Jump to content


How to "dry" assemble?


  • You cannot reply to this topic
14 replies to this topic

#1 brodie_83

brodie_83

    MCM Ohana

  • Members
  • PipPipPipPipPipPip
  • 584 posts
  • Location:Duluth, MN
  • Full Name:Brodie Nyrud

Posted 23 January 2013 - 02:30 AM

Just wondering how people are "dry" assembling their models for test-fitting parts. I have a kit that i want to test fit parts to see what the out-of-the-box ride height is. Is there a way to temporarily assemble a kit, say with Elmers white glue?

#2 Jantrix

Jantrix

    MCM Ohana

  • Members
  • PipPipPipPipPipPip
  • 7,148 posts
  • Location:Tampa, FL. USA
  • Full Name:Rob Mattis

Posted 23 January 2013 - 02:38 AM

Yep, that's the ticket. Alene's Tacky Glue is also good.



#3 JunkPile

JunkPile

    MCM Ohana

  • Members
  • PipPipPipPipPipPip
  • 1,042 posts
  • Location:Kansas, USA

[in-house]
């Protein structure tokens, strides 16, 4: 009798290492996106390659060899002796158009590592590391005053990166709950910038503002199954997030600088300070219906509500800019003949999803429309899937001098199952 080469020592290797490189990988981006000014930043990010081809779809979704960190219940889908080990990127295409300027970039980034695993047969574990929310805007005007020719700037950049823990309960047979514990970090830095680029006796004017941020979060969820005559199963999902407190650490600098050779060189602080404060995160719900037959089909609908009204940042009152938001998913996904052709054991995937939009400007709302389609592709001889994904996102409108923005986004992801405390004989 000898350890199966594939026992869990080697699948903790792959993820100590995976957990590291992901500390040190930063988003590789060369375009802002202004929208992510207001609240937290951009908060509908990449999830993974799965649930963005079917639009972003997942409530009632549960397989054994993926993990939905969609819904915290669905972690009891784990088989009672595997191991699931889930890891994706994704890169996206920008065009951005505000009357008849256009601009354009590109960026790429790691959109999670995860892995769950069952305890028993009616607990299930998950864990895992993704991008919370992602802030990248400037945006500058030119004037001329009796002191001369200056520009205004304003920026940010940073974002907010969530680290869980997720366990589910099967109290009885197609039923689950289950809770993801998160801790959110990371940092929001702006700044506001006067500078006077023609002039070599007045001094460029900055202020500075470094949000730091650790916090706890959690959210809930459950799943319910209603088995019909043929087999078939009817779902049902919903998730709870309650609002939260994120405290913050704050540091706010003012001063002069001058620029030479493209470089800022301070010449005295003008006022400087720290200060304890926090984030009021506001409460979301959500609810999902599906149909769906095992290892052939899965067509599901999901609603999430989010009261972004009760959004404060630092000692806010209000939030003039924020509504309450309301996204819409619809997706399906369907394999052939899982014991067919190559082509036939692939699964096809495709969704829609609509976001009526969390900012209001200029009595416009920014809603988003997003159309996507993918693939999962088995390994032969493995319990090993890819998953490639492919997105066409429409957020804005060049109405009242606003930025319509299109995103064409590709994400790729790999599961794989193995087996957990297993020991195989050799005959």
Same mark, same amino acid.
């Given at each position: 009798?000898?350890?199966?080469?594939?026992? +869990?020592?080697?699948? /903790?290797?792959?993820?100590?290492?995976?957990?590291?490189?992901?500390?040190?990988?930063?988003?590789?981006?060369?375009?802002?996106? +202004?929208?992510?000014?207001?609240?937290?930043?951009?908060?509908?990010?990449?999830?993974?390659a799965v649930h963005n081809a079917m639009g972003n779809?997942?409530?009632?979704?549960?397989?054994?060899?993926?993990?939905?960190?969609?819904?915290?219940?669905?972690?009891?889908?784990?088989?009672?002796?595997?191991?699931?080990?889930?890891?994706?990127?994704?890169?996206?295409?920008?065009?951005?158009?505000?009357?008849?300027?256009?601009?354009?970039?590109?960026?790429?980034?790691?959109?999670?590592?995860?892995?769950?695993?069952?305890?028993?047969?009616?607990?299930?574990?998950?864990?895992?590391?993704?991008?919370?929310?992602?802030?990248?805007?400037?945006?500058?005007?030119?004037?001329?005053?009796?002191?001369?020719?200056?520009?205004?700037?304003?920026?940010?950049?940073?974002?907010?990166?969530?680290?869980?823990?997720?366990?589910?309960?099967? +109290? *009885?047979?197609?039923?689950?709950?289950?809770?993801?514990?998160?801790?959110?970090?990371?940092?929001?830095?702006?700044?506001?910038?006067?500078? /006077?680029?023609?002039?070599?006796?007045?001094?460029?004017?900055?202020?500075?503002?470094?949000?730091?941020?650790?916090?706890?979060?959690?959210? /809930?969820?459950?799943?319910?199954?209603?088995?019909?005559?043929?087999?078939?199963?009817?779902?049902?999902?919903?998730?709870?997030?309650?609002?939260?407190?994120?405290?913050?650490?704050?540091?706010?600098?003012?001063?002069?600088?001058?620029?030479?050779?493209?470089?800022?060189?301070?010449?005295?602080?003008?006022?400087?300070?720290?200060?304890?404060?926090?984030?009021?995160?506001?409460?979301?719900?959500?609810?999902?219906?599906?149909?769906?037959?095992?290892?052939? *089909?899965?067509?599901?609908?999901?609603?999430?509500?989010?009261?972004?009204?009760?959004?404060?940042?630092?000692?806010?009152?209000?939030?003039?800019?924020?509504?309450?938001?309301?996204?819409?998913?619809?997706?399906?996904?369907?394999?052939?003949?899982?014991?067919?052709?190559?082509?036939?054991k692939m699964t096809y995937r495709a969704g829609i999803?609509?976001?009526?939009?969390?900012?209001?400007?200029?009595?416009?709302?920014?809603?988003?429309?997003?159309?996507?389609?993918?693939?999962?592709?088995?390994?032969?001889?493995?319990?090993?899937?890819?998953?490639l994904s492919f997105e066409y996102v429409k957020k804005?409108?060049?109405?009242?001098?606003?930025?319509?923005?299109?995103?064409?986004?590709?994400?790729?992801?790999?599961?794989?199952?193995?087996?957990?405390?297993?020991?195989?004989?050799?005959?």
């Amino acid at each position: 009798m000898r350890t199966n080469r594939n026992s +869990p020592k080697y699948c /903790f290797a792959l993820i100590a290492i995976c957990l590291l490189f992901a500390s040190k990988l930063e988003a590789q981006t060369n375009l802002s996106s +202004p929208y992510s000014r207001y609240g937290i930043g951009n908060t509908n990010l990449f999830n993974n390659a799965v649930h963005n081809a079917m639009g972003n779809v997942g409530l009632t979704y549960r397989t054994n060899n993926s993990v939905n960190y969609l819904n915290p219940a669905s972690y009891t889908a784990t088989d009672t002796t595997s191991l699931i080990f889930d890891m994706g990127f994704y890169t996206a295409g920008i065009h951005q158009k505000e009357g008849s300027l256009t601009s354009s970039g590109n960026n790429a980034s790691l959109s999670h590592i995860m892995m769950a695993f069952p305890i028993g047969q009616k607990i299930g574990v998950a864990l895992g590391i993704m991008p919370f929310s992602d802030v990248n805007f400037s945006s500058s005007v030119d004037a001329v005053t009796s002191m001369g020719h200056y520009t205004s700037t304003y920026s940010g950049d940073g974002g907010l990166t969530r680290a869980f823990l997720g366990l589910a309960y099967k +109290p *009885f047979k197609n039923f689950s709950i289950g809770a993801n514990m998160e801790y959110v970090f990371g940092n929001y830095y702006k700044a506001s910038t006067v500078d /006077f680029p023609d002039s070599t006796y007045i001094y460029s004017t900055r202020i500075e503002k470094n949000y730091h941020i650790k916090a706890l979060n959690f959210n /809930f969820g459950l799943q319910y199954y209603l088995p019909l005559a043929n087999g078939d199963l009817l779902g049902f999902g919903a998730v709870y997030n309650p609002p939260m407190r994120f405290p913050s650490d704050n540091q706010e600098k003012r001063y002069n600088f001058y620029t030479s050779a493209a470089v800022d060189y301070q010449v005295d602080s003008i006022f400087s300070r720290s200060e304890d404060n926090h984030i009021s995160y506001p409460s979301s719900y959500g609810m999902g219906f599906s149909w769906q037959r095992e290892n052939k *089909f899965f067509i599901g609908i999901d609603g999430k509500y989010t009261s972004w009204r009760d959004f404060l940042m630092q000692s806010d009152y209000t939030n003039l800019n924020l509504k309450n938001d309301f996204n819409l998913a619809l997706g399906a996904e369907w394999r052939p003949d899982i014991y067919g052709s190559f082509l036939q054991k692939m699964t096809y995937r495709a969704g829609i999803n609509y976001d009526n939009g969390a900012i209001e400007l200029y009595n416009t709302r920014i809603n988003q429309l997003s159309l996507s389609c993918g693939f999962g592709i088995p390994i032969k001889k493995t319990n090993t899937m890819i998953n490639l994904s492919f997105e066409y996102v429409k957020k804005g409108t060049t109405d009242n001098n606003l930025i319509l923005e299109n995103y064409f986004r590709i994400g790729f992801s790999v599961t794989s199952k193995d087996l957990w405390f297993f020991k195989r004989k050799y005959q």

• Full Name:Chuck Saxton

Posted 23 January 2013 - 02:46 AM

Small dabs of super glue is way faster than white glue.  Snaps right apart



#4 Foxer

Foxer

    MCM Ohana

  • Members
  • PipPipPipPipPipPip
  • 6,741 posts
  • Location:The Berkshires, Massachusetts
  • Full Name:Mike DeRagon

Posted 23 January 2013 - 03:26 AM

Many do use Elmer's glue to test fit because it's removable with water. I use Microscale Micro Liquitape as it remains tacky and the parts can be taken apart and restuck.



#5 Ace-Garageguy

Ace-Garageguy

    MCM Ohana

  • Members
  • PipPipPipPipPipPip
  • 9,702 posts
  • Location:Down two, then left.
  • Full Name:Bill Engwer

Posted 23 January 2013 - 03:39 AM

My $.02...I hack and modify everything, so to me it all depends on what parts I'm mocking up, and what materials I'm using.